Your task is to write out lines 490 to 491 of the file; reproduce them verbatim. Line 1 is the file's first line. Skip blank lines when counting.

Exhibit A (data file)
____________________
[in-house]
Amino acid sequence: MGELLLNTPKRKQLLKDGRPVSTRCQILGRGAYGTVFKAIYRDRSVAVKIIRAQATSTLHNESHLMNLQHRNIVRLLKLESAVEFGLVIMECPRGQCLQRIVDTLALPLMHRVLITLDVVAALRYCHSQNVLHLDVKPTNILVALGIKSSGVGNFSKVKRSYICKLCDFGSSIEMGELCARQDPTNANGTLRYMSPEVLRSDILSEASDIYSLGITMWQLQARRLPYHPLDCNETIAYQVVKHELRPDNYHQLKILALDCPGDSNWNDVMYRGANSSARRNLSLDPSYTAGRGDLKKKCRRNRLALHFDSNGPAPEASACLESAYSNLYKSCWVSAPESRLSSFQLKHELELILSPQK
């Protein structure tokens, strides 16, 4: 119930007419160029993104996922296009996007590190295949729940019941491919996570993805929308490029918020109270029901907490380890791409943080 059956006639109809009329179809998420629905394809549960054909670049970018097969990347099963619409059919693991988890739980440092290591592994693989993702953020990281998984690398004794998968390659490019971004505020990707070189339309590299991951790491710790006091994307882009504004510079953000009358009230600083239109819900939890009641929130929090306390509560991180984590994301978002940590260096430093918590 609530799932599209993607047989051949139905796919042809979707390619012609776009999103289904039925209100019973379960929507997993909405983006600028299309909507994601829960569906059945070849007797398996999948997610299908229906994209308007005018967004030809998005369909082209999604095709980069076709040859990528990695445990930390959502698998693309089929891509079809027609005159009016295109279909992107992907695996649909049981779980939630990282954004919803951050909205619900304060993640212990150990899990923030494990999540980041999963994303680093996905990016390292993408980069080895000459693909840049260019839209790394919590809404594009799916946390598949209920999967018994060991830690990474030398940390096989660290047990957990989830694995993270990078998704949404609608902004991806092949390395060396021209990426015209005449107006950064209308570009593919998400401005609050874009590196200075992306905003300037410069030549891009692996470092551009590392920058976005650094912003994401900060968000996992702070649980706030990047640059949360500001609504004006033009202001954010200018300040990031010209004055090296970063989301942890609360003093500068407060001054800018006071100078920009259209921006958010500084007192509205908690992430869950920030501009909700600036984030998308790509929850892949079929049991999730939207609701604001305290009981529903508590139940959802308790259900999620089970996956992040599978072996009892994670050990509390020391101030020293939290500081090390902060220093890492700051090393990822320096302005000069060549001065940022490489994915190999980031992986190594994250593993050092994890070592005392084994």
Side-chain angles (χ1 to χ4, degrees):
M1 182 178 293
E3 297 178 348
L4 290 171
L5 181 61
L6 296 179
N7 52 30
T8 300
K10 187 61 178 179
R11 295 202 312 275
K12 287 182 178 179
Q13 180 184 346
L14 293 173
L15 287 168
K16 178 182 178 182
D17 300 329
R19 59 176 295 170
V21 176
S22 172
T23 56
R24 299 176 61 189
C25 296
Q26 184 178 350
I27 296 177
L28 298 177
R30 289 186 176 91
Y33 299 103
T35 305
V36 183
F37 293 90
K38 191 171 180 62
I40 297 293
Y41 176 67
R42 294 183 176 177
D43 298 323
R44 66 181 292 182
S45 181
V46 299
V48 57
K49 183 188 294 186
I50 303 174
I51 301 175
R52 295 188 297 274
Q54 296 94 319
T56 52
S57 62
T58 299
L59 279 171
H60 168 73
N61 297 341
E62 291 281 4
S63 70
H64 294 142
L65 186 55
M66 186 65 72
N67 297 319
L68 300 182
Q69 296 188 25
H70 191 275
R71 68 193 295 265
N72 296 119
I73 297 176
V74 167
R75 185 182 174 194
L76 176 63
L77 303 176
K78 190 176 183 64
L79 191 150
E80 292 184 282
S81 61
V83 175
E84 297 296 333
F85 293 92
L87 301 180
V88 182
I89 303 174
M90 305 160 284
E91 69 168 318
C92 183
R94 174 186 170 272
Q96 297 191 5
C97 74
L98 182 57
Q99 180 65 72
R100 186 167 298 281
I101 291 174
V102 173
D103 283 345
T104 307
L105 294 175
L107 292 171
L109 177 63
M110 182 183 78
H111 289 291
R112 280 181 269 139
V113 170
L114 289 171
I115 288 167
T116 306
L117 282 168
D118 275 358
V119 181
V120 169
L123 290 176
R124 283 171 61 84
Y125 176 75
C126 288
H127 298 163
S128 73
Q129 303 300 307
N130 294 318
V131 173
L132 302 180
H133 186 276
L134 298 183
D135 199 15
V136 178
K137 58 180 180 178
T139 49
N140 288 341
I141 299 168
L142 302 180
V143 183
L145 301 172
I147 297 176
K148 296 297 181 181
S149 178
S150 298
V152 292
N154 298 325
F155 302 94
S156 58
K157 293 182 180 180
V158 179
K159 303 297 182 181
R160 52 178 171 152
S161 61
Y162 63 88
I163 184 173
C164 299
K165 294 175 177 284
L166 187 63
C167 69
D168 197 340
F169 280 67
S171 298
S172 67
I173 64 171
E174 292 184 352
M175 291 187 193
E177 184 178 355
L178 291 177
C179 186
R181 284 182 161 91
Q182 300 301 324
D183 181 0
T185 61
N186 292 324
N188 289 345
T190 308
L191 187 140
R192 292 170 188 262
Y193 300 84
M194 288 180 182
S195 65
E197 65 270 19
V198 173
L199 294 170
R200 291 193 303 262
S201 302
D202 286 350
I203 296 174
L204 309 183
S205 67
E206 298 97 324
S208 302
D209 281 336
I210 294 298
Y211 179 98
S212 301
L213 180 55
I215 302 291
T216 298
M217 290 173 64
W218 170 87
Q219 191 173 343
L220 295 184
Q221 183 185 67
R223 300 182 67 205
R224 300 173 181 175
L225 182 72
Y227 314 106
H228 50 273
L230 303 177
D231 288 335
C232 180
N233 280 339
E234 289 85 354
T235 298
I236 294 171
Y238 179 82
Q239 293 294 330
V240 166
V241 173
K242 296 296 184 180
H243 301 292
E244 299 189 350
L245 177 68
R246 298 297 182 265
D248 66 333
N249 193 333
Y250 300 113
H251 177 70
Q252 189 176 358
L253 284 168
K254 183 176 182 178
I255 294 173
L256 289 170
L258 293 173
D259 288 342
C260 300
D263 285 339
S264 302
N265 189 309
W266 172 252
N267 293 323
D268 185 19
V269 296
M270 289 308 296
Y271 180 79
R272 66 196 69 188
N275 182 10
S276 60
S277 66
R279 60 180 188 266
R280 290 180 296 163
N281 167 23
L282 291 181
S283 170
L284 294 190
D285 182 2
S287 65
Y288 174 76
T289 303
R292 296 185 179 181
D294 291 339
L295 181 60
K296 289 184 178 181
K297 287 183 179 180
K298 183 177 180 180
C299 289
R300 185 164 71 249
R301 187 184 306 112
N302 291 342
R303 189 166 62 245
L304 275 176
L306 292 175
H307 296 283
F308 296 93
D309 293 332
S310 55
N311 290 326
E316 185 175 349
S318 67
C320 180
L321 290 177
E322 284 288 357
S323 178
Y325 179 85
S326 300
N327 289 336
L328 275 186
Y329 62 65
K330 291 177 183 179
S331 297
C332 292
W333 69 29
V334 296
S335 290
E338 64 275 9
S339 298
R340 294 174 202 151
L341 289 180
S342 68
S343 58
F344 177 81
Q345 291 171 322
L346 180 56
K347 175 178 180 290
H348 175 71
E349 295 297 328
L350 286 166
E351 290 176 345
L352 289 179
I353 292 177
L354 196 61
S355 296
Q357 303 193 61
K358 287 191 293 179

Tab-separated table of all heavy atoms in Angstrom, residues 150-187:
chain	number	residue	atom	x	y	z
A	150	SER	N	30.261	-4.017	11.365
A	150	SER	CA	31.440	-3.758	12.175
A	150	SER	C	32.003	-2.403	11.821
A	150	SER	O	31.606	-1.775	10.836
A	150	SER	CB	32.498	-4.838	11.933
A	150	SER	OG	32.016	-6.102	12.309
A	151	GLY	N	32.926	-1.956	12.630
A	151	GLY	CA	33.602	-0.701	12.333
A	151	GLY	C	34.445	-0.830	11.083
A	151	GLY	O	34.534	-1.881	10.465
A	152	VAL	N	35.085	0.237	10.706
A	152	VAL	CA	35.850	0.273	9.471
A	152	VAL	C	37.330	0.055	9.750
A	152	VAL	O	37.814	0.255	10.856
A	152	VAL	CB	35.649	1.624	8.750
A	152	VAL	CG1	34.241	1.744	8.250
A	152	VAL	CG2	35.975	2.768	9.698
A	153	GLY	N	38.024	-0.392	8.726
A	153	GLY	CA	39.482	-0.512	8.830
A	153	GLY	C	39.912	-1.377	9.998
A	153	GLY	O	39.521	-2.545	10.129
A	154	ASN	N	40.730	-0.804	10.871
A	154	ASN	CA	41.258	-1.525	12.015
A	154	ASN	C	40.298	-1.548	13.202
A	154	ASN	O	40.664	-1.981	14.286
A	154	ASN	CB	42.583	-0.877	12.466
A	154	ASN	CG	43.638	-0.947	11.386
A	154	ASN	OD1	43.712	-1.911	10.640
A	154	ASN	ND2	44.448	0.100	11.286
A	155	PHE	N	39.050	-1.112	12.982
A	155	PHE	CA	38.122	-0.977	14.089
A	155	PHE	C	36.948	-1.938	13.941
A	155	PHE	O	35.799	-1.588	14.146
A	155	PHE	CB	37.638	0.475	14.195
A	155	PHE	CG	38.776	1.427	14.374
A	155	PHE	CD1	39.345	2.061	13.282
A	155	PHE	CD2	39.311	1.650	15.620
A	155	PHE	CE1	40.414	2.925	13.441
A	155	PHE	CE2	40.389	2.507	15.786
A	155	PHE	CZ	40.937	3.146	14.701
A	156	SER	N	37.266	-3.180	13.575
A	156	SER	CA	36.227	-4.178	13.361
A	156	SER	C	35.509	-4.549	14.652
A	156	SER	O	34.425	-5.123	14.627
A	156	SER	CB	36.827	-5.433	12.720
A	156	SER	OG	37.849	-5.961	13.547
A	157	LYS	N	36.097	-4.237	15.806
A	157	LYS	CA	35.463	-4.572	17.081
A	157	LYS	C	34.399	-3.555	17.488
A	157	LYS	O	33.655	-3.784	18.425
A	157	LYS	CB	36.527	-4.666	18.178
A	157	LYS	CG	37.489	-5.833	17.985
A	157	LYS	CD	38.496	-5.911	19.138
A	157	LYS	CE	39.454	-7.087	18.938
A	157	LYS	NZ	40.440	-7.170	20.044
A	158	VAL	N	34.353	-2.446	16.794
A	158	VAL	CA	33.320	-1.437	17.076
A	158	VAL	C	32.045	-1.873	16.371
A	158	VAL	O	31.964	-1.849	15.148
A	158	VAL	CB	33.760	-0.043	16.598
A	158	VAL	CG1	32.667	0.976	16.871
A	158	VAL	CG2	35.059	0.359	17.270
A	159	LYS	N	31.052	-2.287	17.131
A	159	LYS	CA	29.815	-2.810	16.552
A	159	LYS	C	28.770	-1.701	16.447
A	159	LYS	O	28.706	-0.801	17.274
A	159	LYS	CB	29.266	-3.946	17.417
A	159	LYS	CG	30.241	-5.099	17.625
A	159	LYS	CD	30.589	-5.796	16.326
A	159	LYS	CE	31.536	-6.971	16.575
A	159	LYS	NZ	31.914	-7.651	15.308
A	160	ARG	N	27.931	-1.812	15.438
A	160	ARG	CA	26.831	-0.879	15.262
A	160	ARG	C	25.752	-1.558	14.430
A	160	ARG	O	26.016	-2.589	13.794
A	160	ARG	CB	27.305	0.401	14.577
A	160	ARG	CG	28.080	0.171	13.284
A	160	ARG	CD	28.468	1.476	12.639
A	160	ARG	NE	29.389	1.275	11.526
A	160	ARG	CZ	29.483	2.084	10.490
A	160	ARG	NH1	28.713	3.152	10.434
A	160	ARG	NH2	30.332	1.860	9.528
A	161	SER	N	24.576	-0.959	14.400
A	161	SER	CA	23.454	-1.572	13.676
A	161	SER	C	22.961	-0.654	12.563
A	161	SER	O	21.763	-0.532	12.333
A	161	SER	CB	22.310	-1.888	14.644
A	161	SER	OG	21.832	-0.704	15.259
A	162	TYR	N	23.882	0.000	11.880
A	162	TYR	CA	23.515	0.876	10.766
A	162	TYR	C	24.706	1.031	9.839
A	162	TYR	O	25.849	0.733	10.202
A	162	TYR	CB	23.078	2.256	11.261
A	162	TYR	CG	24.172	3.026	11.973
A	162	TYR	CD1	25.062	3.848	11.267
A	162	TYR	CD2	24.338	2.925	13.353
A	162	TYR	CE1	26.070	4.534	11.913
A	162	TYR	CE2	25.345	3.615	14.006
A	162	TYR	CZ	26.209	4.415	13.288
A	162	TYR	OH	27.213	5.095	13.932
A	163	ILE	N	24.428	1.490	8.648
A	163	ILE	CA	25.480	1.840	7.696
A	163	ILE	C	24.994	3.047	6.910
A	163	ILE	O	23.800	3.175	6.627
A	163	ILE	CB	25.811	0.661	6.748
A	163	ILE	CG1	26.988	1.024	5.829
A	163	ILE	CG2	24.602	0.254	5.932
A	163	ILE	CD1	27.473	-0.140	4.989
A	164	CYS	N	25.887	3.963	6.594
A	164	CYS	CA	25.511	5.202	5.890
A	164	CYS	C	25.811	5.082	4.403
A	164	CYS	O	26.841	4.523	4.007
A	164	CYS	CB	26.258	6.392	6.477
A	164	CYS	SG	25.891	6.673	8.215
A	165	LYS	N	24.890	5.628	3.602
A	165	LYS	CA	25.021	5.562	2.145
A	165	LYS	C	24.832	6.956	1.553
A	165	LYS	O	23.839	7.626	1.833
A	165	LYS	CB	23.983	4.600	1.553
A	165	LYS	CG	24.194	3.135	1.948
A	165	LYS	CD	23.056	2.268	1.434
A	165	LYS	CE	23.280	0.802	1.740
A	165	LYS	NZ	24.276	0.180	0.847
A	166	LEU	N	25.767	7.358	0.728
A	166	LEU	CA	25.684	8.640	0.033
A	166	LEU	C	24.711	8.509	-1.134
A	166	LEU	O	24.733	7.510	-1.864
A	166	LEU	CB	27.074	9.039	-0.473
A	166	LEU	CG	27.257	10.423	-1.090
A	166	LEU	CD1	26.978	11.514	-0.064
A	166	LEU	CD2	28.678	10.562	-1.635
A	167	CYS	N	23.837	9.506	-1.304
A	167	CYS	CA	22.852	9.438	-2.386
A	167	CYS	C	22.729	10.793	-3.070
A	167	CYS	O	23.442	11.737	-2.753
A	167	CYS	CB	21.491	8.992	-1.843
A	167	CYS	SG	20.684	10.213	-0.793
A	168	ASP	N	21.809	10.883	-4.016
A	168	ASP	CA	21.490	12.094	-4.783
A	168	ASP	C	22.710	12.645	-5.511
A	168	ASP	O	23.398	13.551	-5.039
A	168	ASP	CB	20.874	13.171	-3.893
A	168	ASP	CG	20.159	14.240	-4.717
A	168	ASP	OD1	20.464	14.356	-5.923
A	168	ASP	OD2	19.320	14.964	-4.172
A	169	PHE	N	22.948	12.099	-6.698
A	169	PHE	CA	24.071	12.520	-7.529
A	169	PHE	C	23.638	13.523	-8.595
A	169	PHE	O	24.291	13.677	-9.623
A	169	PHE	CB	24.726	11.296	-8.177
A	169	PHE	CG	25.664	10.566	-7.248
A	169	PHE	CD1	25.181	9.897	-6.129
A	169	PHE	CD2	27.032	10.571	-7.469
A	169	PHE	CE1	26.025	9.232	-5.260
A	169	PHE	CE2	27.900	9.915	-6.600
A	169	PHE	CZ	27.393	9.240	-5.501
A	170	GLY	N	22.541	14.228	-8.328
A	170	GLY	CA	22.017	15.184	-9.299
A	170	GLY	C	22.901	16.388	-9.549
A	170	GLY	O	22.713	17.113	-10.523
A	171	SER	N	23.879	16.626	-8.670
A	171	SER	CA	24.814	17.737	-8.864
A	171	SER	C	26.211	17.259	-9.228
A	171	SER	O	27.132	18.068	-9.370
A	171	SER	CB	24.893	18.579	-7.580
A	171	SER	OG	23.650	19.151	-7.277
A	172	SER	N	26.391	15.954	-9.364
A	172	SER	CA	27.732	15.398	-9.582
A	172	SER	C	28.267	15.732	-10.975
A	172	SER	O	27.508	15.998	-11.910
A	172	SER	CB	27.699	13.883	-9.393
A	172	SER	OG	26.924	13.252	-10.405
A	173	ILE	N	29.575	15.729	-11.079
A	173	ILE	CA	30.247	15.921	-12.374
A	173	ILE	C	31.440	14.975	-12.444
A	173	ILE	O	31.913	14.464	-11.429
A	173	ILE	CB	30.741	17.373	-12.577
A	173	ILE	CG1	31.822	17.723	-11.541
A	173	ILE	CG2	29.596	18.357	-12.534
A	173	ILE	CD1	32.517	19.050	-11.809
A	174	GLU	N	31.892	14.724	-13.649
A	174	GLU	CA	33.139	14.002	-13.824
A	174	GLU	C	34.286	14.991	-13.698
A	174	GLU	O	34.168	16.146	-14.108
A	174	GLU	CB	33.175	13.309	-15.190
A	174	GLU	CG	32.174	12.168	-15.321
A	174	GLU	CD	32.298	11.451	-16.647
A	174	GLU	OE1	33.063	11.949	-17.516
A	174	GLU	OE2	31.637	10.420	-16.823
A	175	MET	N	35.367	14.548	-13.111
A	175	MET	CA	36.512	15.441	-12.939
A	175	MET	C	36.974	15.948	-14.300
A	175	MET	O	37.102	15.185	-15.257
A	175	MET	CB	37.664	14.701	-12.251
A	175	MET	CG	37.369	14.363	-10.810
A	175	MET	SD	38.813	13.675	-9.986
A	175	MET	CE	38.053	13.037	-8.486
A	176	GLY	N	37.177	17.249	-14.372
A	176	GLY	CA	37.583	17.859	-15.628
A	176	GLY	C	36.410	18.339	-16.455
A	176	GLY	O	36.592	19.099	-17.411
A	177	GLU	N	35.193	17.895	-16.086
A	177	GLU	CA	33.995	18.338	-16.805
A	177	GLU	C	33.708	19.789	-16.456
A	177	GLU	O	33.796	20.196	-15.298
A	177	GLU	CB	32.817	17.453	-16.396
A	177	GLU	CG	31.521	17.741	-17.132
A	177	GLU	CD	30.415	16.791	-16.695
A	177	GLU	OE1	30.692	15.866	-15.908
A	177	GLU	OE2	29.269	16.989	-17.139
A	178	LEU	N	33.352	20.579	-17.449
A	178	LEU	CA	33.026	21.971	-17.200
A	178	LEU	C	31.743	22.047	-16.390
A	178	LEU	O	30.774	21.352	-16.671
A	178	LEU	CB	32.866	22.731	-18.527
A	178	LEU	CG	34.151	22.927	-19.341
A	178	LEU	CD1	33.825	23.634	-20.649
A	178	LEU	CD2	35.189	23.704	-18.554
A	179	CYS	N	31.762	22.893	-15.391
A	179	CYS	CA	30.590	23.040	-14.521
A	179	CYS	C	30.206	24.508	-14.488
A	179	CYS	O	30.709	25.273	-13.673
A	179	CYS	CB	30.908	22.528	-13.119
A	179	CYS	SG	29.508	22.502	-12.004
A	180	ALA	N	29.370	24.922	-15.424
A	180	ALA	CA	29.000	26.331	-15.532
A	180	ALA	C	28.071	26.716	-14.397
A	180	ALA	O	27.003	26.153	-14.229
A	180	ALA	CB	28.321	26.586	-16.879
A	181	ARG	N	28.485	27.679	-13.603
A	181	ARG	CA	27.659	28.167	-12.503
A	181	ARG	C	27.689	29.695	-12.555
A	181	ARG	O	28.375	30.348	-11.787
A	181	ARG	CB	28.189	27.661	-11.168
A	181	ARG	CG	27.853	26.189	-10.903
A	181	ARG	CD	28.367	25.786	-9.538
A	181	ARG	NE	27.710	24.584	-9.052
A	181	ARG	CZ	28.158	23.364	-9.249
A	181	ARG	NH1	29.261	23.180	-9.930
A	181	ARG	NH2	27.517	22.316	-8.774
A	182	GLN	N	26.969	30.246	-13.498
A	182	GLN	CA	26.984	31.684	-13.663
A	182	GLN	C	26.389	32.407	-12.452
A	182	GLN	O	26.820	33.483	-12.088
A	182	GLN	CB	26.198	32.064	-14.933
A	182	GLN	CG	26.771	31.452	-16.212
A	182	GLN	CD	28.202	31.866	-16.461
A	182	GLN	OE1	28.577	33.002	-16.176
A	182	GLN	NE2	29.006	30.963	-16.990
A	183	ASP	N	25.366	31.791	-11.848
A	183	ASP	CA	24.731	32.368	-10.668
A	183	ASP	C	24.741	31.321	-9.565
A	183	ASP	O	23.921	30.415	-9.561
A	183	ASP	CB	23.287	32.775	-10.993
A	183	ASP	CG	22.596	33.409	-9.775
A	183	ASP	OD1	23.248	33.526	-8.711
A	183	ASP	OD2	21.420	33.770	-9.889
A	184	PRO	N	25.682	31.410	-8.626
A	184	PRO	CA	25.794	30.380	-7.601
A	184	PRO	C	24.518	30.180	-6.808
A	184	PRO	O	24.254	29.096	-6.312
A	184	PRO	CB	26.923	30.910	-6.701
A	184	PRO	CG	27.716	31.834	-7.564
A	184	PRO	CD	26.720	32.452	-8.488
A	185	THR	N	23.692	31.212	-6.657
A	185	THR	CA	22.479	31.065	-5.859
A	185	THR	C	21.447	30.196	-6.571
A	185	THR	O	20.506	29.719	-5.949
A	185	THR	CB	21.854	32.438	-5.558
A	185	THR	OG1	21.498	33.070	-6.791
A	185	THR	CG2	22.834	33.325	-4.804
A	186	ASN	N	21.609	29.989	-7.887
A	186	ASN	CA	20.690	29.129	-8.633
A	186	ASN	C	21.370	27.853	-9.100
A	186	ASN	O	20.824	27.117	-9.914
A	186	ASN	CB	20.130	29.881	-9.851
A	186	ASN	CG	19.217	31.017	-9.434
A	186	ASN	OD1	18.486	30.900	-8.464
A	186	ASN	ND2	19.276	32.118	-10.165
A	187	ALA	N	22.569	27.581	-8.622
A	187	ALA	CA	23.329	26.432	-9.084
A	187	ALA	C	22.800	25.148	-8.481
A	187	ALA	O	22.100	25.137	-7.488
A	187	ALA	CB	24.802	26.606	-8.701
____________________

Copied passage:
A	174	GLU	CG	32.174	12.168	-15.321
A	174	GLU	CD	32.298	11.451	-16.647